When Carolyn Childers and Lindsay Kaplan launched their women-only private club for executives back in 2019, they didn’t create an account on TikTok or Twitter, Facebook or Instagram. Instead, they cold-emailed potential members.
Four years later, Chief still doesn’t have the types of social media accounts that businesses use for publicity—but they do have a waitlist of 60,000 applicants.
The organization’s popularity speaks to the critical void the club is filling by creating a support network for women senior executives, striking at the heart of how complicated it can be to work as a female leader.
“It’s lonely at the top, and it only gets lonelier as a woman,” said Kaplan, who now works as the organization’s chief brand officer.
The membership numbers around 20,000 and includes women with C-suite credentials in a broad range of industries—from NASA to Nike and Harvard to Walmart.
The organization is not only diverse in terms of industry—35% of Chief members identify as BIPOC, which is nearly double the number of women of color in executive leadership overall. Chief also welcomes people who identify as trans or nonbinary.
Chief maintains physical clubhouses in New York, L.A., Chicago—and now San Francisco. Members use the clubhouses as gathering places and to take meetings, but a vast majority of what the club does is online.
“These are the busiest people in the world, and they can’t commute an hour or two for a meeting,” Kaplan said.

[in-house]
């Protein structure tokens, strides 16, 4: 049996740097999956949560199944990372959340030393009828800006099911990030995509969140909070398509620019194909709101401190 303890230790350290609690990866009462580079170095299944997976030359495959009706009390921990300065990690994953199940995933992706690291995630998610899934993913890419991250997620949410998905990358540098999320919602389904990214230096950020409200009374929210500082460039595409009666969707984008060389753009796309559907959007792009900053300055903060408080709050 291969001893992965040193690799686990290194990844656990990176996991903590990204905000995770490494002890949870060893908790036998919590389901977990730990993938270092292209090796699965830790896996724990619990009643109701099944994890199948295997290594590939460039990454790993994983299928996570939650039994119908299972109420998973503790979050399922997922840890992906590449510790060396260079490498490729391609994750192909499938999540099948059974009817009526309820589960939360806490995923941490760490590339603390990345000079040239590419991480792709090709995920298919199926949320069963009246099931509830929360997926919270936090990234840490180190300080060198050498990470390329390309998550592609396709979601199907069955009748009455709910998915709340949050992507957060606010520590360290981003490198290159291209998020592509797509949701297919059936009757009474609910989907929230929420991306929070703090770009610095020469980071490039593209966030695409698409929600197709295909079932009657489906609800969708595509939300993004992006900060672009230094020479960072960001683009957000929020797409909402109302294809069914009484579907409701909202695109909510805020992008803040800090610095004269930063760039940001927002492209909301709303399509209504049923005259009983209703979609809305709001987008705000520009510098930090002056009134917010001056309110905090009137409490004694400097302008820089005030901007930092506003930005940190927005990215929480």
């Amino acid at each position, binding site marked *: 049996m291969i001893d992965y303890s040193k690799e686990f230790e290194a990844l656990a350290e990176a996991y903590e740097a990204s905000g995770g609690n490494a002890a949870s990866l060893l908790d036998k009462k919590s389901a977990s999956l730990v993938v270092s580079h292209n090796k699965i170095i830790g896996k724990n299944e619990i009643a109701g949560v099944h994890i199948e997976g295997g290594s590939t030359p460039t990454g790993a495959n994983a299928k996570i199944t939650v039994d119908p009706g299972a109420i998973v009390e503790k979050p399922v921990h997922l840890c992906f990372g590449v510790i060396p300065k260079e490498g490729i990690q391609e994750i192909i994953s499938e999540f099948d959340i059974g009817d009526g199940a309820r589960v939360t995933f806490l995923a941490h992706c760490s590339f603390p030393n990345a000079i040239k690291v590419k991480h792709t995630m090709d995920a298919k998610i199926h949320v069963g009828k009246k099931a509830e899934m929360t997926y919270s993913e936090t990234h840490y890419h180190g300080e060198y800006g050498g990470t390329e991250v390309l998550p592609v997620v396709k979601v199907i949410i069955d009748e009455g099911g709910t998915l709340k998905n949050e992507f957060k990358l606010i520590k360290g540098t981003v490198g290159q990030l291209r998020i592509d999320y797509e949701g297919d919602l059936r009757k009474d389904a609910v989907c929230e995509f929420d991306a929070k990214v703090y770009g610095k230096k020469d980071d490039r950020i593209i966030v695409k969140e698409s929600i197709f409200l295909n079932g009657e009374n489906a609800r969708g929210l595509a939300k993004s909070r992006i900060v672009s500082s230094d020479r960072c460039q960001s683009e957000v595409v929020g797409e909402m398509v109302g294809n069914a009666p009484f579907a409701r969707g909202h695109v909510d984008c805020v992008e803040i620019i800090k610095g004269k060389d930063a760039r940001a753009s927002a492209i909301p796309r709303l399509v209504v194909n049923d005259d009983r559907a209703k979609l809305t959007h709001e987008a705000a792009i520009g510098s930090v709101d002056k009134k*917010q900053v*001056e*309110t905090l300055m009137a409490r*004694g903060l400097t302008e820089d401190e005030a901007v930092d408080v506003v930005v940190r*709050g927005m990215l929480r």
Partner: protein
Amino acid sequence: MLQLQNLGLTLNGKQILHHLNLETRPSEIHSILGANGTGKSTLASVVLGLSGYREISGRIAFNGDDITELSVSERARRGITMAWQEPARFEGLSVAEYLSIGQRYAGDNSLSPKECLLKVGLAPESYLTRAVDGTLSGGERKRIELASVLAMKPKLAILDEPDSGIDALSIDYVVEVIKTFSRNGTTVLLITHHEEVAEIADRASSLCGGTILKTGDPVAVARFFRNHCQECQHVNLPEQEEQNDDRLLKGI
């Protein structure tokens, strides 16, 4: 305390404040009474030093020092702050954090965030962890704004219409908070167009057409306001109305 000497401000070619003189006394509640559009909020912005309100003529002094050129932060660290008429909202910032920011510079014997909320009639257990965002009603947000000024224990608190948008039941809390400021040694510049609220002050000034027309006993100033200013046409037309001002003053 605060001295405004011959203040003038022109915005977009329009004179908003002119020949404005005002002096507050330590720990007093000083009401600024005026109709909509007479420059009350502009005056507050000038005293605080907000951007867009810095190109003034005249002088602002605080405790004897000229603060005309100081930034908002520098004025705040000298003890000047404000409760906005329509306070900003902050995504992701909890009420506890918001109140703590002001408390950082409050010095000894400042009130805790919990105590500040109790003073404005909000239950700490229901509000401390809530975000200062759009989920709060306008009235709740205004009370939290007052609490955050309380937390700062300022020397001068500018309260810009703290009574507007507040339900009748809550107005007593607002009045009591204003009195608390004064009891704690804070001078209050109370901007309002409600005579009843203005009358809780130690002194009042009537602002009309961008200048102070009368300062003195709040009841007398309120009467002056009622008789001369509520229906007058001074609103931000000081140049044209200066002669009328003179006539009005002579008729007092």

Chief hosts workshops and forums featuring high-profile women. Past guests include Amal Clooney, Stacey Abrams and one former first lady.
“Michelle Obama was legendary,” Kaplan said. “Her pride at being at a Chief event, around powerful women, was just incredible.”
The heart of the organization’s offerings is its Core program, which is a hyper-curated—and confidential—peer group that meets virtually 10 times a year, led by a trained executive coach.
Kaplan, who led marketing for the sleep brand Casper before starting Chief, highlighted the unique demands women face in terms of mentorship.
“It’s this huge challenge and burden,” Kaplan said, “with lots of pressure and invisible labor.” Lots of non-promotable work falls onto women, she added, “and then you add on top of that the challenges that any leader faces.”
Kaplan is unapologetic about embracing what might be seen as “masculine” attributes for the brand. The name Chief is meant to lean into the notion of a head executive, and the clubhouses drape themselves in bold green and dark woods rather than the feminized pale pinks you’ll often see in other women-oriented spaces.
The Chief membership is right to embrace their power—the 20,000 women who belong manage $800 billion of the economy, according to the organization.
Yet the number of women in leadership positions is not where it should be, according to Kaplan, and she hopes that Chief will help not only drive women to the top but also keep them there.
“Women are burning out of leadership positions,” Kaplan said. “The numbers are disappointing and depressing.”
Annual Chief membership starts at $5,800 for VP-level and $7,900 for C-Level, with the majority of Chief members being sponsored by their employers. Chief+ membership for an additional $1,000 yearly fee allows for an all-access pass to Chief’s flagship clubhouses. Not all who apply are eligible for membership. Chief limits entry to executive leaders with 15+ years of experience in their respective careers.
Julie Zigoris can be reached at firstname.lastname@example.org